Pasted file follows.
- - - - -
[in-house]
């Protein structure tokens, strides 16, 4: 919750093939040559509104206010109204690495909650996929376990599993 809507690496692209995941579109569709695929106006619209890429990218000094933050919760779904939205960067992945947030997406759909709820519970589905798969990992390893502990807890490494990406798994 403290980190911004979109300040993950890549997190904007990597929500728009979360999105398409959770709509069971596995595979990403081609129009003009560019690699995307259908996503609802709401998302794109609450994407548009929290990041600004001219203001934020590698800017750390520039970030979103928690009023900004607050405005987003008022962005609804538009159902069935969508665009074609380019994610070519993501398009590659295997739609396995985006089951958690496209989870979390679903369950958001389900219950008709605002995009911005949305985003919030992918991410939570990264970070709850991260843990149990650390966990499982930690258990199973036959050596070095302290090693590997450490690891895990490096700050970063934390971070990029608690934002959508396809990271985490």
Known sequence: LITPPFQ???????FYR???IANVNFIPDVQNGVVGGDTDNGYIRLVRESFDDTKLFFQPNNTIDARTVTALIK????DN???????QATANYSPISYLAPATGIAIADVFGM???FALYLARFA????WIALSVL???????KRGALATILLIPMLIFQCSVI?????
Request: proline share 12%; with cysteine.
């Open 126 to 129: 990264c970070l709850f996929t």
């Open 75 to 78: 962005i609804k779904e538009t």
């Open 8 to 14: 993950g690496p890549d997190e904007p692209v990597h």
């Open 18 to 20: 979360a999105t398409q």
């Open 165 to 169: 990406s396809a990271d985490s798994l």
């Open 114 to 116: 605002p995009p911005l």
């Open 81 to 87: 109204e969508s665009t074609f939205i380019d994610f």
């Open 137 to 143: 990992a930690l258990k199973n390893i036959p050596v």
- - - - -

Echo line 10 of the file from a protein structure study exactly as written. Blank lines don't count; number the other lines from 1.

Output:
């Open 114 to 116: 605002p995009p911005l």